10 books like Return of a King

By William Dalrymple,

Here are 10 books that authors have personally recommended if you like Return of a King. Shepherd is a community of 6,000+ authors sharing their favorite books with the world.

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The Kite Runner

By Khaled Hosseini,

Book cover of The Kite Runner

I could relate to the character who witnessed something wrong and did nothing about it. Most of us encounter that kind of situation and we fail to act for a variety of reasons. Usually we find justifications for our failure to act, which are really excuses. The underlying reason for our failure is usually fear, which is hard for us to acknowledge. So we find ways of deflecting our guilt or covering it up, usually with lies that sooner or later will come back to haunt us. When we seek redemption, it’s always a challenge.

The Kite Runner

By Khaled Hosseini,

Why should I read it?

4 authors picked The Kite Runner as one of their favorite books, and they share why you should read it.

What is this book about?

Afghanistan, 1975: Twelve-year-old Amir is desperate to win the local kite-fighting tournament and his loyal friend Hassan promises to help him. But neither of the boys can foresee what will happen to Hassan that afternoon, an event that is to shatter their lives. After the Russians invade and the family is forced to flee to America, Amir realises that one day he must return to Afghanistan under Taliban rule to find the one thing that his new world cannot grant him: redemption.

The Sewing Circles of Herat

By Christina Lamb,

Book cover of The Sewing Circles of Herat: A Personal Voyage Through Afghanistan

The three Pashtun virtues are hospitality, honor, and revenge. Pashtun hospitality epitomizes human warmth and generosity but Pashtun honor and revenge make a chilling and toxic cocktail. Christina Lamb gives a human face to the destruction wrought by the then unknown ultraconservative political and religious faction led by the one-eyed cleric, Mohammad Omar. Lamb was there before and after the tragedy. A great read. Will history repeat itself?

The Sewing Circles of Herat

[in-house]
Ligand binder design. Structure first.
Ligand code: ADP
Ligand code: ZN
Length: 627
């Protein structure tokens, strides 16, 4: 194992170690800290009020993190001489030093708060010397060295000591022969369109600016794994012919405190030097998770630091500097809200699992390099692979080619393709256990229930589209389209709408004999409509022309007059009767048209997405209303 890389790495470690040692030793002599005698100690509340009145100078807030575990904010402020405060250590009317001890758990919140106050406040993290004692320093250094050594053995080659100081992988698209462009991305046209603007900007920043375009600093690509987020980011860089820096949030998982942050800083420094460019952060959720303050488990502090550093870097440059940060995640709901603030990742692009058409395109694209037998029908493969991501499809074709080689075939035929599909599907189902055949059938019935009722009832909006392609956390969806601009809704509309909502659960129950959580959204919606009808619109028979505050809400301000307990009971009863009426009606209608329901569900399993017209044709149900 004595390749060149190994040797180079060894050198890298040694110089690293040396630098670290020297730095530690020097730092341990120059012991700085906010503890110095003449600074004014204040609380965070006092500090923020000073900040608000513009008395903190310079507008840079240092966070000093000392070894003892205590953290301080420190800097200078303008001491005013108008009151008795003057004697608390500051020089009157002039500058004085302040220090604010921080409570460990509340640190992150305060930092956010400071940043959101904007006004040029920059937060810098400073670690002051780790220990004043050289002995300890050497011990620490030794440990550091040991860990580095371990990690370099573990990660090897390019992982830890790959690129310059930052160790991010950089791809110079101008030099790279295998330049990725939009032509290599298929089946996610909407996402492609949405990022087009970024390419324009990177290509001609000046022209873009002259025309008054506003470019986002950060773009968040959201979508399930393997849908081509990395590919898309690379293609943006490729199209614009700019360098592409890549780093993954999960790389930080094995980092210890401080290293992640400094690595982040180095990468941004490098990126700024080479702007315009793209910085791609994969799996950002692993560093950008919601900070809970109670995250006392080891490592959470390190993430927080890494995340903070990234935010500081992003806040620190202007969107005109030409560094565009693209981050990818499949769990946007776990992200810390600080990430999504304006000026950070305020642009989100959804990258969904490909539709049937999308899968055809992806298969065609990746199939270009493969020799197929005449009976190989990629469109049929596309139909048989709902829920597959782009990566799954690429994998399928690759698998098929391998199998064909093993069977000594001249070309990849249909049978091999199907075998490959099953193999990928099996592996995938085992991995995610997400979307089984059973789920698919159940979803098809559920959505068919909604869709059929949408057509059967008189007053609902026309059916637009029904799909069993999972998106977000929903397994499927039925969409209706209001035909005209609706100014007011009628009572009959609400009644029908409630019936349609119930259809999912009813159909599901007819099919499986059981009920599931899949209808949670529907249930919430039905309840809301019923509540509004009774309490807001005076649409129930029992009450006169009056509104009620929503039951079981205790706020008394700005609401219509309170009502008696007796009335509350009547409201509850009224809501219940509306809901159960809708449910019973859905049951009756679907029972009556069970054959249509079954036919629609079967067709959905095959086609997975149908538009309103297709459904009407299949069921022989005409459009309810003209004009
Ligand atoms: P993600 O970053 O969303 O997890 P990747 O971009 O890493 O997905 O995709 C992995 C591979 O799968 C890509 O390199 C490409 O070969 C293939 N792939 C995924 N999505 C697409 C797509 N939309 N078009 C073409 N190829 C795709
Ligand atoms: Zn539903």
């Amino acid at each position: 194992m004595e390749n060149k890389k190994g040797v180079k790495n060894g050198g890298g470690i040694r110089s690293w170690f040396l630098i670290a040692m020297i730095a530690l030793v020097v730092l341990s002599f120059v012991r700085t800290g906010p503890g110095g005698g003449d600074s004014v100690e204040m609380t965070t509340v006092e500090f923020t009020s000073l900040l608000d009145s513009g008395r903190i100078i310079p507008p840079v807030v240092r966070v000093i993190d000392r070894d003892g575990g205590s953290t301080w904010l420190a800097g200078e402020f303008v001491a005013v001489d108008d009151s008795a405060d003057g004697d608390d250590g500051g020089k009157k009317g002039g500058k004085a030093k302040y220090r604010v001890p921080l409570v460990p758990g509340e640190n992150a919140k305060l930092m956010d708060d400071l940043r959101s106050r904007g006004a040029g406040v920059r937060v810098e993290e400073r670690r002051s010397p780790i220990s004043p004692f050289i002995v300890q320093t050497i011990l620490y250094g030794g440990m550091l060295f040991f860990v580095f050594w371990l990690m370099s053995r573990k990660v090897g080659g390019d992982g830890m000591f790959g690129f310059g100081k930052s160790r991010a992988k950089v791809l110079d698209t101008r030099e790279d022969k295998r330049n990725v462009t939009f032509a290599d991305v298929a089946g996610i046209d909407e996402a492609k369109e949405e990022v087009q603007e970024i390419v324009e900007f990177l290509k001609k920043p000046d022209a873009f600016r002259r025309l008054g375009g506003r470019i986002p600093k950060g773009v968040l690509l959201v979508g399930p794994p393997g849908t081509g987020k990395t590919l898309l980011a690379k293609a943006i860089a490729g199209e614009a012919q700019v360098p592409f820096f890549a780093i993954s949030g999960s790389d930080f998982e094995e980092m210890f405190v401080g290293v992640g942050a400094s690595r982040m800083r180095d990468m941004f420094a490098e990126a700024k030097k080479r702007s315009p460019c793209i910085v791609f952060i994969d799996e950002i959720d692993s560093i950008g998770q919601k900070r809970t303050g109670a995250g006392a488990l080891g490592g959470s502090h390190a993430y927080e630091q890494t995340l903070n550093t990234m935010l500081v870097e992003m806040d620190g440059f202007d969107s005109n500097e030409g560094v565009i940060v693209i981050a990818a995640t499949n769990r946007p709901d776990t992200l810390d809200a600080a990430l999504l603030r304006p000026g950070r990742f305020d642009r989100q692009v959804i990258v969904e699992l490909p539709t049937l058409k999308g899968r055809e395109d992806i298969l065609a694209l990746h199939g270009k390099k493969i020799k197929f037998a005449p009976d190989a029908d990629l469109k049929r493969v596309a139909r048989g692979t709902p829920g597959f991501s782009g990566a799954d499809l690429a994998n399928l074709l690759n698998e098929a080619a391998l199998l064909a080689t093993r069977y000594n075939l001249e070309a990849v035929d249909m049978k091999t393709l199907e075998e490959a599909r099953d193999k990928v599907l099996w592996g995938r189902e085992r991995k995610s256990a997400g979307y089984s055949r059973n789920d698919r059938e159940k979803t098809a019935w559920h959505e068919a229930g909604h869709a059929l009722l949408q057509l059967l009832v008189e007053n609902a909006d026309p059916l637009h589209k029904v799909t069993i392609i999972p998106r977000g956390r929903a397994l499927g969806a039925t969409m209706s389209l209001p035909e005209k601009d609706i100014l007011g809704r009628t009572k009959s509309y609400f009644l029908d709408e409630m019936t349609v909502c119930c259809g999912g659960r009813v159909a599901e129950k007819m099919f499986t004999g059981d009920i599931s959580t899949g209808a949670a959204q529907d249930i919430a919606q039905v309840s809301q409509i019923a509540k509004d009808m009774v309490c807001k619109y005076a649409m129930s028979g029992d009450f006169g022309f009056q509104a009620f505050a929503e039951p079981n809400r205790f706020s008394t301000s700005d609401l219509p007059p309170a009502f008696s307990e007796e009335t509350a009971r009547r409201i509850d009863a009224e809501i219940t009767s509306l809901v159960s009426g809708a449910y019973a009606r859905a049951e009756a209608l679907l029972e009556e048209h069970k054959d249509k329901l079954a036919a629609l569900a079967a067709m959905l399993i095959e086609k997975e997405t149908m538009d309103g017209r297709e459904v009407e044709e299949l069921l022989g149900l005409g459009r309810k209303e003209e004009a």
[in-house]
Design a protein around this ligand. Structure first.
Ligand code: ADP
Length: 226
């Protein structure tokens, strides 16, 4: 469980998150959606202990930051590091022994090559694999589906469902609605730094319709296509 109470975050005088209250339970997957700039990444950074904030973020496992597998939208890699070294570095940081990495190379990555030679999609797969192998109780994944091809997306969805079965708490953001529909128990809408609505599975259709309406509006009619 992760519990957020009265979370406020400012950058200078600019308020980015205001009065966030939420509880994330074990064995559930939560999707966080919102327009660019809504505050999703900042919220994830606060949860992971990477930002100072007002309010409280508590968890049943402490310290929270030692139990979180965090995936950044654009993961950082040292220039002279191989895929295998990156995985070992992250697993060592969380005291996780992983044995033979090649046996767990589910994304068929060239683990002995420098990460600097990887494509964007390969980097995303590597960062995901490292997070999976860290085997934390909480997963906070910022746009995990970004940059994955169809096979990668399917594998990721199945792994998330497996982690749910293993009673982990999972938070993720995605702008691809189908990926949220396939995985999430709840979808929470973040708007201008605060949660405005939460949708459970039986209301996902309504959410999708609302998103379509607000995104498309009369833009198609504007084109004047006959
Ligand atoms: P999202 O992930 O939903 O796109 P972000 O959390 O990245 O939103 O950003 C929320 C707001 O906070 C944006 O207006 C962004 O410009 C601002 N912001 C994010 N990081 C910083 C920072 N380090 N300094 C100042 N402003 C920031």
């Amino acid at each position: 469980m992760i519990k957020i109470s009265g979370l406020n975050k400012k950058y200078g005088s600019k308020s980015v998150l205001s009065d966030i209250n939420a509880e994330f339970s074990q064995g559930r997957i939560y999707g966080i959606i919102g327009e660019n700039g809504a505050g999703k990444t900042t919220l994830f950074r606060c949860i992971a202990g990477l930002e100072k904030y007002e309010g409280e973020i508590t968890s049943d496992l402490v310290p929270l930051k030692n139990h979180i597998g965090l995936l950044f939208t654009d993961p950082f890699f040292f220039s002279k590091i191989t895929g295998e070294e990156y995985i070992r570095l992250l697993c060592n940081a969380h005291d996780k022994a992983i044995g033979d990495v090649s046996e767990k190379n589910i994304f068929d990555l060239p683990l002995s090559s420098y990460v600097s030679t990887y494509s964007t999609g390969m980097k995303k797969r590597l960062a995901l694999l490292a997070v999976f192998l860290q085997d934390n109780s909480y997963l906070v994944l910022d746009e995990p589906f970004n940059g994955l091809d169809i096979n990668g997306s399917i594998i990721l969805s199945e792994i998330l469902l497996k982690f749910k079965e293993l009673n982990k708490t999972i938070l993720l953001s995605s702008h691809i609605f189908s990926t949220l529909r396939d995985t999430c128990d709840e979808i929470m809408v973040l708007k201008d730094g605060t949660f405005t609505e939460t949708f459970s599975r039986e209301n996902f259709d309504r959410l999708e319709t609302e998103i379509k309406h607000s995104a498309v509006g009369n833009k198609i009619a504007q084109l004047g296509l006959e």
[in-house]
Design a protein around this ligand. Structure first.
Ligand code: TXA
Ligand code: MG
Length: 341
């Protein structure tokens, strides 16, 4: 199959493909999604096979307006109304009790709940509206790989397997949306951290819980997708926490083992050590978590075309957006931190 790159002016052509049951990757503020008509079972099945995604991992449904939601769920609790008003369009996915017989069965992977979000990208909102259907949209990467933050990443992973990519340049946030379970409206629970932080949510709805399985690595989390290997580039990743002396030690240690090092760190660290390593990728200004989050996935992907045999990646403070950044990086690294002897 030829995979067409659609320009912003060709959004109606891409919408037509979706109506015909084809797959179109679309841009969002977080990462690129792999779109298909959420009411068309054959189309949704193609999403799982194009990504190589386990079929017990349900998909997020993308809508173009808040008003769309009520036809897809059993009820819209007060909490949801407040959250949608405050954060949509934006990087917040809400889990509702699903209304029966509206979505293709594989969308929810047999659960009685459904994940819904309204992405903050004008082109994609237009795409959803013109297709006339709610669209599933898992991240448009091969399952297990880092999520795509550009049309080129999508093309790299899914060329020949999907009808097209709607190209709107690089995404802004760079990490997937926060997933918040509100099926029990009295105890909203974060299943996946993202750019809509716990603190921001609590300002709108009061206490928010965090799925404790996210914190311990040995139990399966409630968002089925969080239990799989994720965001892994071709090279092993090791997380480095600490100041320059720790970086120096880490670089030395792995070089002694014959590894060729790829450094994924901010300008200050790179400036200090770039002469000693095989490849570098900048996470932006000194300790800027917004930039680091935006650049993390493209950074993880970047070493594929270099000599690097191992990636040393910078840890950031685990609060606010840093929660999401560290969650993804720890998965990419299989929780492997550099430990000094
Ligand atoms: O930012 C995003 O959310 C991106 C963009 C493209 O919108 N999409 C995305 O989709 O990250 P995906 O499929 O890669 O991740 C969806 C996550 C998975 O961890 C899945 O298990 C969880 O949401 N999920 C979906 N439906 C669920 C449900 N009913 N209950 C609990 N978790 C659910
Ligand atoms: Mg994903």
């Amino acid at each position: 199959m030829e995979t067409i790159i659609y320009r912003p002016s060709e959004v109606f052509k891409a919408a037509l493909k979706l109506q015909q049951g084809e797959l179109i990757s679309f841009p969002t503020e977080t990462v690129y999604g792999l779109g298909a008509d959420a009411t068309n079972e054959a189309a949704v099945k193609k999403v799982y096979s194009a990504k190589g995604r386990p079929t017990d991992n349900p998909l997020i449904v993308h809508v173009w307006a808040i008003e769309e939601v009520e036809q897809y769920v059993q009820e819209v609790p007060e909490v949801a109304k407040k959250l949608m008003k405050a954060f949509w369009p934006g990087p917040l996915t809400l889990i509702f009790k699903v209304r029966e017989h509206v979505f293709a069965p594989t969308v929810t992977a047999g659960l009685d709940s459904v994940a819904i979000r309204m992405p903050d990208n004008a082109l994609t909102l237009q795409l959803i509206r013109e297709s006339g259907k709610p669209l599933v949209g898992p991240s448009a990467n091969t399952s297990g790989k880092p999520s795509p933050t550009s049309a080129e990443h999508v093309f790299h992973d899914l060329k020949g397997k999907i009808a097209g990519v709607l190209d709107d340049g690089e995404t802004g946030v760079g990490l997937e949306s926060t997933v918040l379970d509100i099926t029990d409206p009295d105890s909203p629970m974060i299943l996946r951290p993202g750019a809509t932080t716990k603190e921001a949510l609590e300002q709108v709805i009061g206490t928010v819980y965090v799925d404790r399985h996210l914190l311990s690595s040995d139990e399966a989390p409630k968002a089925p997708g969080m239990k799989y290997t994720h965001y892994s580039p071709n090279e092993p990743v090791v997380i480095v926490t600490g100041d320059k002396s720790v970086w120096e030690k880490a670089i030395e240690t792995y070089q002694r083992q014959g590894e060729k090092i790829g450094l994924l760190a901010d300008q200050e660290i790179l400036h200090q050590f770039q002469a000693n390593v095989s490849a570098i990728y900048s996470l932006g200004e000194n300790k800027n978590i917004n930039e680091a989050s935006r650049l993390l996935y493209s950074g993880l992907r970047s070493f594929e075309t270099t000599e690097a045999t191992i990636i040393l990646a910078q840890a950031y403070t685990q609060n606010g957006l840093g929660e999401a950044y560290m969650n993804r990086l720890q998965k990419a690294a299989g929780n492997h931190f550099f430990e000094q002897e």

By Christina Lamb,

Why should I read it?

1 author picked The Sewing Circles of Herat as one of their favorite books, and they share why you should read it.


The Bookseller of Kabul

By Åsne Seierstad,

Book cover of The Bookseller of Kabul

The widows of Kabul called my wife “Frishta” (Angel). Janna loved working with them and she loves this book. Åsne Seierstad writes about the experiences of Afghan women and their prospects, marriages, hopes, and fears. Seierstad lived with a family dominated by a patriarch who loved books; for which the Taliban, also had a—literally—burning passion.

The Bookseller of Kabul

By Åsne Seierstad,

Why should I read it?

1 author picked The Bookseller of Kabul as one of their favorite books, and they share why you should read it.

What is this book about?

This mesmerizing portrait of a proud man who, through three decades and successive repressive regimes, heroically braved persecution to bring books to the people of Kabul has elicited extraordinary praise throughout the world and become a phenomenal international bestseller. The Bookseller of Kabul is startling in its intimacy and its details - a revelation of the plight of Afghan women and a window into the surprising realities of daily life in today's Afghanistan.

Ghost Wars

By Steve Coll,

Book cover of Ghost Wars: The Secret History of the CIA, Afghanistan, and Bin Laden, from the Soviet Invasion to September 10, 2001

Taking the story from the endgame of the Cold War to the dawn of the War on Terror is this extraordinary book on the rise of Islamist terrorism and the CIA’s efforts to defeat it prior to 9/11. Coll’s research, based on interviews with a vast range of senior officials, is dazzling, yet it never overwhelms a narrative that combines human interest and geopolitical sweep seamlessly. No less impressive is his accomplishment in documenting not just the U.S. and Afghan perspectives but the Saudi and Pakistani as well, all in the same painstaking detail. If this whets the appetite for more of the same, Coll’s Directorate S resumes his account of the intelligence wars in Afghanistan, providing necessary background to understanding the failure of the U.S. occupation there.

Ghost Wars

By Steve Coll,

Why should I read it?